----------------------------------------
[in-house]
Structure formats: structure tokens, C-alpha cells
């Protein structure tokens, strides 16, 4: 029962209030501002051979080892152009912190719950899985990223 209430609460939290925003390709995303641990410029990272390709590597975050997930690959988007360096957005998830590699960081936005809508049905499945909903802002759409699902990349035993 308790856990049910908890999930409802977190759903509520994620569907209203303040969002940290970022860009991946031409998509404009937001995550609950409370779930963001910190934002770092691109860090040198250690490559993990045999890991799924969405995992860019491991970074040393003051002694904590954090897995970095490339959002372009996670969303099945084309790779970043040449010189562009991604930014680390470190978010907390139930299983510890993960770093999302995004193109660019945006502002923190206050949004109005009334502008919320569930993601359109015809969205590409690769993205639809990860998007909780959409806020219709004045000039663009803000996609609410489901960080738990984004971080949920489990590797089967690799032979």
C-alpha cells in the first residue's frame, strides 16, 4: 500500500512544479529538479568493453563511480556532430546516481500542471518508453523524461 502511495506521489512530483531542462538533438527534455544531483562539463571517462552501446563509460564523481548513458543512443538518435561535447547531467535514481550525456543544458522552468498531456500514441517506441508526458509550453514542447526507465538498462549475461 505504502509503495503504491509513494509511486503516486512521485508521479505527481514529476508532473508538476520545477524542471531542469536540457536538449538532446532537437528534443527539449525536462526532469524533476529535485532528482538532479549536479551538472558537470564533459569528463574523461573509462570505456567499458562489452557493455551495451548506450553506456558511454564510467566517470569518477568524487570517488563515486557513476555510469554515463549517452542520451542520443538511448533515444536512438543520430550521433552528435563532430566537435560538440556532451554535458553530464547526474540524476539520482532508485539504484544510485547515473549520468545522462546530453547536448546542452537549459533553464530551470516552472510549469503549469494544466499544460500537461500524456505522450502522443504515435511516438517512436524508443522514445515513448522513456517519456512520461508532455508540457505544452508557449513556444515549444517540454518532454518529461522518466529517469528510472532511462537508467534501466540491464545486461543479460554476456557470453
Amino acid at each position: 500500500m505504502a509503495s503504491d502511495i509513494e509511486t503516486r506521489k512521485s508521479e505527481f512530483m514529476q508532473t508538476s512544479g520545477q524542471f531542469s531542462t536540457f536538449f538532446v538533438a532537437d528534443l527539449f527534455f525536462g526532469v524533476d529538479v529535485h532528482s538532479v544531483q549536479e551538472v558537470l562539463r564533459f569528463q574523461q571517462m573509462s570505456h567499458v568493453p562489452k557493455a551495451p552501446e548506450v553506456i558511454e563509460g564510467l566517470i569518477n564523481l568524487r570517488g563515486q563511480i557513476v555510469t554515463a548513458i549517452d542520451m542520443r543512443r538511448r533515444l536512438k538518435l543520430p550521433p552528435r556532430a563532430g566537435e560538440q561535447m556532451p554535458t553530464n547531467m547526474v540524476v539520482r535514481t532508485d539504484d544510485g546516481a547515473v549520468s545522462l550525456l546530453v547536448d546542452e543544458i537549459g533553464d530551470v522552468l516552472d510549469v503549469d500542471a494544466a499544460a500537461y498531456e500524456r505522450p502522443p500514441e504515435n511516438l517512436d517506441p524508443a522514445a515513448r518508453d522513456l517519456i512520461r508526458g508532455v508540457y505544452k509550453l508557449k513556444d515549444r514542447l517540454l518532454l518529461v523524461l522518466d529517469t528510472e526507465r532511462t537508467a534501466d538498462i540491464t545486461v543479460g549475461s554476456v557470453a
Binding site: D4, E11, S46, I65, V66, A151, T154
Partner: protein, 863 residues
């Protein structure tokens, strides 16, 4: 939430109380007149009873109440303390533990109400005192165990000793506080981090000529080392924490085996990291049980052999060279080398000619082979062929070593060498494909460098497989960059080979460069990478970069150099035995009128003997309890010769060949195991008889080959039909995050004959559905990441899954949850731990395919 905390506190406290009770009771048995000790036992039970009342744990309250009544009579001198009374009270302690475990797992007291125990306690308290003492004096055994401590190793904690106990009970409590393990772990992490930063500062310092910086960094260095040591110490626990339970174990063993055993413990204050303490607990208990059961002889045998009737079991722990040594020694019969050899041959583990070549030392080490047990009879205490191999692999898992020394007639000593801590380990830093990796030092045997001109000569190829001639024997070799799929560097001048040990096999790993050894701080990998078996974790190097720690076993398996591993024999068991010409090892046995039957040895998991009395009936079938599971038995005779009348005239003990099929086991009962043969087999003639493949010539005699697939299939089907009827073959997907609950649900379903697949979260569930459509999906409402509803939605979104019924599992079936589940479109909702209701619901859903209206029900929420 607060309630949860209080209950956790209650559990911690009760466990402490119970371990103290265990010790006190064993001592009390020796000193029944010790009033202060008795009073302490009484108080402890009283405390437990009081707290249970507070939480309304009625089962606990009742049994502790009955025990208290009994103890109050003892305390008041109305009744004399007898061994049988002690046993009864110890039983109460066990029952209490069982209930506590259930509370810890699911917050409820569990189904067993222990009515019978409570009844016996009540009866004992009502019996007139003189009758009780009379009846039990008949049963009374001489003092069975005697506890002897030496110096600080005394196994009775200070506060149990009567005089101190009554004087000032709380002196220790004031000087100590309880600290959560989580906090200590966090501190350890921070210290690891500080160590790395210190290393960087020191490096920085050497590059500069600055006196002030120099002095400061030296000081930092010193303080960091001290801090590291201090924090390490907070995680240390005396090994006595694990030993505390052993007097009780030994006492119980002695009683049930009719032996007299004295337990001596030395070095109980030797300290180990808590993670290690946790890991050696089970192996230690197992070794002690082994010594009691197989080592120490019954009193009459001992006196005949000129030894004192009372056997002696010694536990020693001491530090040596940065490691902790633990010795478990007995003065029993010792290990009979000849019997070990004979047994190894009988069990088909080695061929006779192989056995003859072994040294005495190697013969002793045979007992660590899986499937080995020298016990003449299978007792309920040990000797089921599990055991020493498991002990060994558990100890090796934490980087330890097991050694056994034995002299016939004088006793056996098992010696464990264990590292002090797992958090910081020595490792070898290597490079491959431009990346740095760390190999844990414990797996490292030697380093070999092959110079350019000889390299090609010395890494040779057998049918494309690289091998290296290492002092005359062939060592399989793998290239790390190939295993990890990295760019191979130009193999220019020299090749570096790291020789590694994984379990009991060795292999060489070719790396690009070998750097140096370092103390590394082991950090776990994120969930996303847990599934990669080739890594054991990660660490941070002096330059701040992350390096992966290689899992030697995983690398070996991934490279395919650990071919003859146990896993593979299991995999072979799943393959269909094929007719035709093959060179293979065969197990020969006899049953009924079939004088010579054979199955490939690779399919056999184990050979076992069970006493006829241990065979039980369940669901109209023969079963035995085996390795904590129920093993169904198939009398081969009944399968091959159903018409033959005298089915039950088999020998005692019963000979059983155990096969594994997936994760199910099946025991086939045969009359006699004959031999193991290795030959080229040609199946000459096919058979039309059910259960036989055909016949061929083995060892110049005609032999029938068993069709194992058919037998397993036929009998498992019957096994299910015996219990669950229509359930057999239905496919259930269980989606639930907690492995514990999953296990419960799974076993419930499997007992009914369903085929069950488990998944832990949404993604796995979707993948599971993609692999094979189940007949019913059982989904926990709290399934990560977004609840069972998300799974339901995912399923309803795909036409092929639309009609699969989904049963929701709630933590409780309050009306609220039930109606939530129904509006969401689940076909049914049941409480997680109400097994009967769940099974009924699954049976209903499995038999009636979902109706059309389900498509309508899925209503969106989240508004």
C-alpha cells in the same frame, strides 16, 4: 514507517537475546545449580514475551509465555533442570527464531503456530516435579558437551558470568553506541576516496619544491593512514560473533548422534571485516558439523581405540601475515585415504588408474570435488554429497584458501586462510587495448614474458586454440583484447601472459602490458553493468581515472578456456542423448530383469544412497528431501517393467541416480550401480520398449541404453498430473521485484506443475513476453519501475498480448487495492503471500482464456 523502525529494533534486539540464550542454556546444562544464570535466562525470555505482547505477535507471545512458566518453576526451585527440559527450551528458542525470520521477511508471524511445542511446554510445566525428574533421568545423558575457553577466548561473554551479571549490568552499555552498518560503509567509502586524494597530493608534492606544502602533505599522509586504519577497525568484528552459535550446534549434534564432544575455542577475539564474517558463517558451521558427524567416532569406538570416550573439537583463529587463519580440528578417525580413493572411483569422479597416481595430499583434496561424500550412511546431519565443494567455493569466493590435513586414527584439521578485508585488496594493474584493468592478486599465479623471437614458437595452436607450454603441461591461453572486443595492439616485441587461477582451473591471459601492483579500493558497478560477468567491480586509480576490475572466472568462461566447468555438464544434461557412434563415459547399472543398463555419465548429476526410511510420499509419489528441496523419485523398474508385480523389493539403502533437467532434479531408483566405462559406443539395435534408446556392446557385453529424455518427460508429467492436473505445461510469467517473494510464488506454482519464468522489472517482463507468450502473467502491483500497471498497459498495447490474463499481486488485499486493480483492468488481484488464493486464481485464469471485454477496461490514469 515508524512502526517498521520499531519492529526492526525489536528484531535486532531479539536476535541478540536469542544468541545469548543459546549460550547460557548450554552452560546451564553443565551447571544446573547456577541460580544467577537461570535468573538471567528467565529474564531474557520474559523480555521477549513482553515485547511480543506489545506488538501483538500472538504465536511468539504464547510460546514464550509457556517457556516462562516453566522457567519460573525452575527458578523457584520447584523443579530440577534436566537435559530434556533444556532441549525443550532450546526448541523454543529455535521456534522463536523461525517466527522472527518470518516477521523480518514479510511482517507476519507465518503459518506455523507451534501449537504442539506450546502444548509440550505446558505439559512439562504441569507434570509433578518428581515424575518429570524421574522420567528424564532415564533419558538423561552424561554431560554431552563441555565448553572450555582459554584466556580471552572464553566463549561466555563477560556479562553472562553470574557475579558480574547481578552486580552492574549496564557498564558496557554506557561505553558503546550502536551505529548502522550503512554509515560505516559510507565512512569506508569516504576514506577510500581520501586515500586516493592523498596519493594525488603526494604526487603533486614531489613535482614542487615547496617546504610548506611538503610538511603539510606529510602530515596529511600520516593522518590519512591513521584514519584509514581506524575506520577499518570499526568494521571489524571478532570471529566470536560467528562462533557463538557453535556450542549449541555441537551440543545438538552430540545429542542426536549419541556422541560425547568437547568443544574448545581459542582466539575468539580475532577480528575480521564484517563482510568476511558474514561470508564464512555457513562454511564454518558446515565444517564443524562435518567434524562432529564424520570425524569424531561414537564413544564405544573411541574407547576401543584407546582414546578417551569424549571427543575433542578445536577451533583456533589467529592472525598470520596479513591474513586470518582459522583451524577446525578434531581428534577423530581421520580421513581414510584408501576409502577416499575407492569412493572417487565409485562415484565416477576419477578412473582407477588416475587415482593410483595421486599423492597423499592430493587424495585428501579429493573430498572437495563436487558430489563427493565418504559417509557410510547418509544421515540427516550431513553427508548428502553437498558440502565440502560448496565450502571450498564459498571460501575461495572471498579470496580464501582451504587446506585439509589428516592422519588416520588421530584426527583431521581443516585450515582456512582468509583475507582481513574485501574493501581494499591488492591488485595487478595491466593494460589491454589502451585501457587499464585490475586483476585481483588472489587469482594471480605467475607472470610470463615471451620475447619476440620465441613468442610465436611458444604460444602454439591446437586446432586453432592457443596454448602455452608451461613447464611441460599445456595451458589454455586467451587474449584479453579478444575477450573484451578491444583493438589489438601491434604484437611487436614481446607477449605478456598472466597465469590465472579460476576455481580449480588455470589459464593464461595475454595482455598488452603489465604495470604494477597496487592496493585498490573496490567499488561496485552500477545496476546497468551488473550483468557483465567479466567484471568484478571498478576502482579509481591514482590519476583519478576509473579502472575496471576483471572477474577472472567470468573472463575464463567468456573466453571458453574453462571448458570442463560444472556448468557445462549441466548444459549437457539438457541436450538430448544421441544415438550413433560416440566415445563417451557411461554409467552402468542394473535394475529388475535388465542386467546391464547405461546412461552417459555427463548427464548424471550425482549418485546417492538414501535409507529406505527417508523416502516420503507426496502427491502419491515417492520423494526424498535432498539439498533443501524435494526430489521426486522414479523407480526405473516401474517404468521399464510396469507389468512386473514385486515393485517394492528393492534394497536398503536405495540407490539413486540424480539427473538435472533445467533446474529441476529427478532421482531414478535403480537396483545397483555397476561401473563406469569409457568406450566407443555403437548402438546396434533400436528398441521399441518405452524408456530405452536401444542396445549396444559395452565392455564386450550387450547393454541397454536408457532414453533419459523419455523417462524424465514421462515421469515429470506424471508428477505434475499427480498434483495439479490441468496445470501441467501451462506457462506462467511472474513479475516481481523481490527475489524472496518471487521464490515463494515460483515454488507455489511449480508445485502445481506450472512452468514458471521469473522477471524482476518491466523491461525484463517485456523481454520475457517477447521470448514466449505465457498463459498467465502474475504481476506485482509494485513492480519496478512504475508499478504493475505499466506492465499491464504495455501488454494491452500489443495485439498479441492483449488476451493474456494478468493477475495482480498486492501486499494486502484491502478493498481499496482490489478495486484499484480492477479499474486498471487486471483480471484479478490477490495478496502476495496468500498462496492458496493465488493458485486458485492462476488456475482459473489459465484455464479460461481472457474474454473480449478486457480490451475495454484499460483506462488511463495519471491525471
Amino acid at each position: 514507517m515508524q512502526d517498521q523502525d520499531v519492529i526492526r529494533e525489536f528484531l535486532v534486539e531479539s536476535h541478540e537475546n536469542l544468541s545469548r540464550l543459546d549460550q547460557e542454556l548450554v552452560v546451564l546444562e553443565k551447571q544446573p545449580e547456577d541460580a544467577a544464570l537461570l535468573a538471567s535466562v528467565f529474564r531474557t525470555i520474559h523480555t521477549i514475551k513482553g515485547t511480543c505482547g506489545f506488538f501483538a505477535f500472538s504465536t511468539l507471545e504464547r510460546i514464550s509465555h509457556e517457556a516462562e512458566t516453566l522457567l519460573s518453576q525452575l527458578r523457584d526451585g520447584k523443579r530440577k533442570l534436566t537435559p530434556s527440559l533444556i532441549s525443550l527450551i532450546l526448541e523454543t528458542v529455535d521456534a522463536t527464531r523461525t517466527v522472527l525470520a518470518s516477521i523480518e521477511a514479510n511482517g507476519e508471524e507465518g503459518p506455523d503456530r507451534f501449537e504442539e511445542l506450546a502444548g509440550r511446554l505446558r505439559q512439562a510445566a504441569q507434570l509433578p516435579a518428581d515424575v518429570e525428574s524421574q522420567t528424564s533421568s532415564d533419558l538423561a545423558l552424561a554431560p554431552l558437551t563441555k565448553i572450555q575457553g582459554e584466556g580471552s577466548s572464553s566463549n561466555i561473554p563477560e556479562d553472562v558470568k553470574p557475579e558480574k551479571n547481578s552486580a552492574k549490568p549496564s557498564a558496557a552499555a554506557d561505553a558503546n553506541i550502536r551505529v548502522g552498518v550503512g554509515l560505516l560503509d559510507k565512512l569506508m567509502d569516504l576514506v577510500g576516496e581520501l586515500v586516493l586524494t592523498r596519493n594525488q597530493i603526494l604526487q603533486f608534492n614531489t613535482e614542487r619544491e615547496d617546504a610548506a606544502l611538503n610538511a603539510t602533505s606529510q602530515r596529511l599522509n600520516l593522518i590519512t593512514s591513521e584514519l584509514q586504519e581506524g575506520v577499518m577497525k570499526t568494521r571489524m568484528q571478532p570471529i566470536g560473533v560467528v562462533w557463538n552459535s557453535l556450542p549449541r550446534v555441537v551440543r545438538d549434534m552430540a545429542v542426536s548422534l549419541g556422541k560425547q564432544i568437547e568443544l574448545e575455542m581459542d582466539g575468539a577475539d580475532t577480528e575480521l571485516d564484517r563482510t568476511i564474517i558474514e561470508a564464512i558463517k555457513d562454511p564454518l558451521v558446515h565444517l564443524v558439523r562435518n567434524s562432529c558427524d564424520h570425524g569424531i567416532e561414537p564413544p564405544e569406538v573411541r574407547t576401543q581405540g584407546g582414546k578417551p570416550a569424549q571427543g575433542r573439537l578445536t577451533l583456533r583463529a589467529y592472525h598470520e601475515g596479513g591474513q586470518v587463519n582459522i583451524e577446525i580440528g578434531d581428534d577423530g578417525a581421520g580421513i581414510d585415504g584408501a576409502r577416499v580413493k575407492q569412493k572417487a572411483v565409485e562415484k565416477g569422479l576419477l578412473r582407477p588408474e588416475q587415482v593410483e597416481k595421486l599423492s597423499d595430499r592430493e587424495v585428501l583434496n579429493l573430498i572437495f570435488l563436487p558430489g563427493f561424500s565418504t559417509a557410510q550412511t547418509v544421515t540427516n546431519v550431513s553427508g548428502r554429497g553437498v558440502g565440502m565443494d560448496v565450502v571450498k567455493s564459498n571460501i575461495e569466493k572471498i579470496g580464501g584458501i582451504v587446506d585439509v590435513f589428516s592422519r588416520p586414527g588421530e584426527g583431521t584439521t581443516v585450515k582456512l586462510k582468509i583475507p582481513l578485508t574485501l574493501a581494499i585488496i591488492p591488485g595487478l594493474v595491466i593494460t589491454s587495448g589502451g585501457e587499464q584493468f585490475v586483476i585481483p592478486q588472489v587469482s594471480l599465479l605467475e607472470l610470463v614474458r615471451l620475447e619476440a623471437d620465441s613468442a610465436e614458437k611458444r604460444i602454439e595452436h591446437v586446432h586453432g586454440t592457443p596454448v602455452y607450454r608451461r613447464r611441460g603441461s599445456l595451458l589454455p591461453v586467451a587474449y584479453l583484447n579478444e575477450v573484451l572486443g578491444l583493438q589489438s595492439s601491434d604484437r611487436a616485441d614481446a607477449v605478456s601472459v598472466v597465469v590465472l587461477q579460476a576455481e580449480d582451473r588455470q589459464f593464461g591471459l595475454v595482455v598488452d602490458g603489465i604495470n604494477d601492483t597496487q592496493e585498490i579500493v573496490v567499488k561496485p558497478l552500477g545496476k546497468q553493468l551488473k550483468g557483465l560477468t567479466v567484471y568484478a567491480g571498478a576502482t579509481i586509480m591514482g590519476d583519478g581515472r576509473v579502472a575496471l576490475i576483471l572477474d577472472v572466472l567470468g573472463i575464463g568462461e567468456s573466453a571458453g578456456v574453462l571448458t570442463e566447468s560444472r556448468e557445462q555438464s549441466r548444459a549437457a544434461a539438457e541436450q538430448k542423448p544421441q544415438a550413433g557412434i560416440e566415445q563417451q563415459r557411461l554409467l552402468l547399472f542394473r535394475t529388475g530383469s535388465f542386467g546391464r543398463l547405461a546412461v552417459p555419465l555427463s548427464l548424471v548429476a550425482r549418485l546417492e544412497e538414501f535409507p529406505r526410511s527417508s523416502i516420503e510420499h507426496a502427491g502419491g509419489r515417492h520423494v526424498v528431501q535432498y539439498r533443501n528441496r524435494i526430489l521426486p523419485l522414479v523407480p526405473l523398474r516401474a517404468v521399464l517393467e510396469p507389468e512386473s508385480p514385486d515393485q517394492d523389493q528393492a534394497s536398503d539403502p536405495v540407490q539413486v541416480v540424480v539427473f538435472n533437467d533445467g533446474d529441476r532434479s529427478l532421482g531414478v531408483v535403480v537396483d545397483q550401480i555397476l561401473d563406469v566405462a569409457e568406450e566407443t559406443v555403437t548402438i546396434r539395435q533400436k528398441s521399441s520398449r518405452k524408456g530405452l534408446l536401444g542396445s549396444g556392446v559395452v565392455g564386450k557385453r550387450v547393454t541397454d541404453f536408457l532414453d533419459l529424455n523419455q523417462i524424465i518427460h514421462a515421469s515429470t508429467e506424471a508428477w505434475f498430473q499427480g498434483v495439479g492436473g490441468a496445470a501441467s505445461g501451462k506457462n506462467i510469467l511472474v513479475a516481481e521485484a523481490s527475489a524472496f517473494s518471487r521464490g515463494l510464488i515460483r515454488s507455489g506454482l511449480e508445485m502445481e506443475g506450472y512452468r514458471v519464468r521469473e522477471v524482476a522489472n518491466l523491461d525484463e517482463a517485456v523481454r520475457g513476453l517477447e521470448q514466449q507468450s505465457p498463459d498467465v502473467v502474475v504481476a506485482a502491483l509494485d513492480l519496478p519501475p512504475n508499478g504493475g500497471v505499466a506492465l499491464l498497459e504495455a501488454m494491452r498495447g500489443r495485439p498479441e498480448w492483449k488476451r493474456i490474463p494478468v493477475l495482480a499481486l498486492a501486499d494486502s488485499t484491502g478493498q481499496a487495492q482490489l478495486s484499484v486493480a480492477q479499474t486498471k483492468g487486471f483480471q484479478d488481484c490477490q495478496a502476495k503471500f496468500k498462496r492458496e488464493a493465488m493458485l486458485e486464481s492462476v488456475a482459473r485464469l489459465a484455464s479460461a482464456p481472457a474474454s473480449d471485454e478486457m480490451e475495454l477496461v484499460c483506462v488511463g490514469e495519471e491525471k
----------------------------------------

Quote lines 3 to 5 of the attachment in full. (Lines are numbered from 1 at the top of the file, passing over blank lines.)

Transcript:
């Protein structure tokens, strides 16, 4: 029962209030501002051979080892152009912190719950899985990223 209430609460939290925003390709995303641990410029990272390709590597975050997930690959988007360096957005998830590699960081936005809508049905499945909903802002759409699902990349035993 308790856990049910908890999930409802977190759903509520994620569907209203303040969002940290970022860009991946031409998509404009937001995550609950409370779930963001910190934002770092691109860090040198250690490559993990045999890991799924969405995992860019491991970074040393003051002694904590954090897995970095490339959002372009996670969303099945084309790779970043040449010189562009991604930014680390470190978010907390139930299983510890993960770093999302995004193109660019945006502002923190206050949004109005009334502008919320569930993601359109015809969205590409690769993205639809990860998007909780959409806020219709004045000039663009803000996609609410489901960080738990984004971080949920489990590797089967690799032979």
C-alpha cells in the first residue's frame, strides 16, 4: 500500500512544479529538479568493453563511480556532430546516481500542471518508453523524461 502511495506521489512530483531542462538533438527534455544531483562539463571517462552501446563509460564523481548513458543512443538518435561535447547531467535514481550525456543544458522552468498531456500514441517506441508526458509550453514542447526507465538498462549475461 505504502509503495503504491509513494509511486503516486512521485508521479505527481514529476508532473508538476520545477524542471531542469536540457536538449538532446532537437528534443527539449525536462526532469524533476529535485532528482538532479549536479551538472558537470564533459569528463574523461573509462570505456567499458562489452557493455551495451548506450553506456558511454564510467566517470569518477568524487570517488563515486557513476555510469554515463549517452542520451542520443538511448533515444536512438543520430550521433552528435563532430566537435560538440556532451554535458553530464547526474540524476539520482532508485539504484544510485547515473549520468545522462546530453547536448546542452537549459533553464530551470516552472510549469503549469494544466499544460500537461500524456505522450502522443504515435511516438517512436524508443522514445515513448522513456517519456512520461508532455508540457505544452508557449513556444515549444517540454518532454518529461522518466529517469528510472532511462537508467534501466540491464545486461543479460554476456557470453
Amino acid at each position: 500500500m505504502a509503495s503504491d502511495i509513494e509511486t503516486r506521489k512521485s508521479e505527481f512530483m514529476q508532473t508538476s512544479g520545477q524542471f531542469s531542462t536540457f536538449f538532446v538533438a532537437d528534443l527539449f527534455f525536462g526532469v524533476d529538479v529535485h532528482s538532479v544531483q549536479e551538472v558537470l562539463r564533459f569528463q574523461q571517462m573509462s570505456h567499458v568493453p562489452k557493455a551495451p552501446e548506450v553506456i558511454e563509460g564510467l566517470i569518477n564523481l568524487r570517488g563515486q563511480i557513476v555510469t554515463a548513458i549517452d542520451m542520443r543512443r538511448r533515444l536512438k538518435l543520430p550521433p552528435r556532430a563532430g566537435e560538440q561535447m556532451p554535458t553530464n547531467m547526474v540524476v539520482r535514481t532508485d539504484d544510485g546516481a547515473v549520468s545522462l550525456l546530453v547536448d546542452e543544458i537549459g533553464d530551470v522552468l516552472d510549469v503549469d500542471a494544466a499544460a500537461y498531456e500524456r505522450p502522443p500514441e504515435n511516438l517512436d517506441p524508443a522514445a515513448r518508453d522513456l517519456i512520461r508526458g508532455v508540457y505544452k509550453l508557449k513556444d515549444r514542447l517540454l518532454l518529461v523524461l522518466d529517469t528510472e526507465r532511462t537508467a534501466d538498462i540491464t545486461v543479460g549475461s554476456v557470453a